Wednesday, 5 August 2015

Hainan gibbon decline charted in Chinese records

By Rebecca Morelle, Science Correspondent, BBC News

5 August 2015 
From the section

There are only 26-28 Hainan gibbons left in the wild

Historical Chinese documents have helped scientists to track the decline of the world's rarest primates.

Today, China has between 26 and 28 Hainan gibbons left, but government records that date back to the 17th Century show that gibbons were once widespread across half of the country.

The apes began to disappear from the documents about 150 years ago, corresponding with population growth.

We looked at the pattern of disappearance of gibbons through time and how that varied from place to placeDr Sam Turvey, Zoological Society of London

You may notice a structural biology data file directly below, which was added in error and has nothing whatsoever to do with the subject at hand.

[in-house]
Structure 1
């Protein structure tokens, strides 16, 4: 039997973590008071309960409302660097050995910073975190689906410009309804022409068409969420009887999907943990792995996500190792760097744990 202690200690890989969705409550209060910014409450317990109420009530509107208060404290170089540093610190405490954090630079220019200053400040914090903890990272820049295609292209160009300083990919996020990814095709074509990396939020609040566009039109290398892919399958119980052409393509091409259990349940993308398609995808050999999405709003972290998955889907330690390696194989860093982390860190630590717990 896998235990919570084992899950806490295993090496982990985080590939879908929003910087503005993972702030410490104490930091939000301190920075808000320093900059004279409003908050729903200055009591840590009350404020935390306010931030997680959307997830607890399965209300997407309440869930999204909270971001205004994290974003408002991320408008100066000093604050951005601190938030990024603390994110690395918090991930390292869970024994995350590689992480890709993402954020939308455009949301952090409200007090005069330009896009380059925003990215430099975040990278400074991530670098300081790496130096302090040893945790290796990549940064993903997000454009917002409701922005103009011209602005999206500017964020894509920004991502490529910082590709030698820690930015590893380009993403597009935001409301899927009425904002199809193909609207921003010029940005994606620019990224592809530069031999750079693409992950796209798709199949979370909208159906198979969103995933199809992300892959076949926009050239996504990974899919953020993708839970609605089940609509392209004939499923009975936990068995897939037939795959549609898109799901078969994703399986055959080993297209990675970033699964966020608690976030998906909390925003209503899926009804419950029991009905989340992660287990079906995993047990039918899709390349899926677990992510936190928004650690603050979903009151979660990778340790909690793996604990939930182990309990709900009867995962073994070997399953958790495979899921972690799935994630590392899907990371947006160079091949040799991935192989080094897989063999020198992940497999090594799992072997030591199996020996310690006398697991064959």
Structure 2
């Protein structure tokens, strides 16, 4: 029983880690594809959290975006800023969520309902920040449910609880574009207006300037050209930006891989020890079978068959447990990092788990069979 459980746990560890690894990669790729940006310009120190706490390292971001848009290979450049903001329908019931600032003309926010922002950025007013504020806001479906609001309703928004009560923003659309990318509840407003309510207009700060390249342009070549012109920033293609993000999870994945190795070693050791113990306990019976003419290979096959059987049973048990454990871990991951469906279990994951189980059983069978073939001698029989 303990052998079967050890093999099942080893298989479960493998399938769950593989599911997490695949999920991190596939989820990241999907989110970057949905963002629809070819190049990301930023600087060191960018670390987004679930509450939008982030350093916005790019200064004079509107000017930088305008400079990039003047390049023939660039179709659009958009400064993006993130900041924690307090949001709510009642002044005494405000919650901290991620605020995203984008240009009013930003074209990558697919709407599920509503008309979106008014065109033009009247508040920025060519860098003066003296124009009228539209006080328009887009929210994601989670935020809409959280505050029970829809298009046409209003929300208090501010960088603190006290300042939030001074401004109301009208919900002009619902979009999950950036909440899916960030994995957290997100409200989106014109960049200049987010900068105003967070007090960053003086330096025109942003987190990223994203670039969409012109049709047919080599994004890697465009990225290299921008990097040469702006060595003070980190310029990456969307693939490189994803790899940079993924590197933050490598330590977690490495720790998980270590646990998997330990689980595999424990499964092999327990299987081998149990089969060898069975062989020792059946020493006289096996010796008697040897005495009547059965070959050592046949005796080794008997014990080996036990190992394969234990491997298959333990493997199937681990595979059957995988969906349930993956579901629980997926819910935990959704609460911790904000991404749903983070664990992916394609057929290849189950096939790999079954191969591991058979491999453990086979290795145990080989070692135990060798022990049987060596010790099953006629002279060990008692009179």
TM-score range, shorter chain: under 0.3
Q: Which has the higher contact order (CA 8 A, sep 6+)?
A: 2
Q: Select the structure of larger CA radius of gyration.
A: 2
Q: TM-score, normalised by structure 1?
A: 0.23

Hainan gibbons are now limited to a few isolated patches of forest in the south west of China.

They live in just four social groups, one of which was only discovered a few weeks ago.

Understanding this population crash has been difficult, but the old government documents have helped to reveal when and how the numbers fell.

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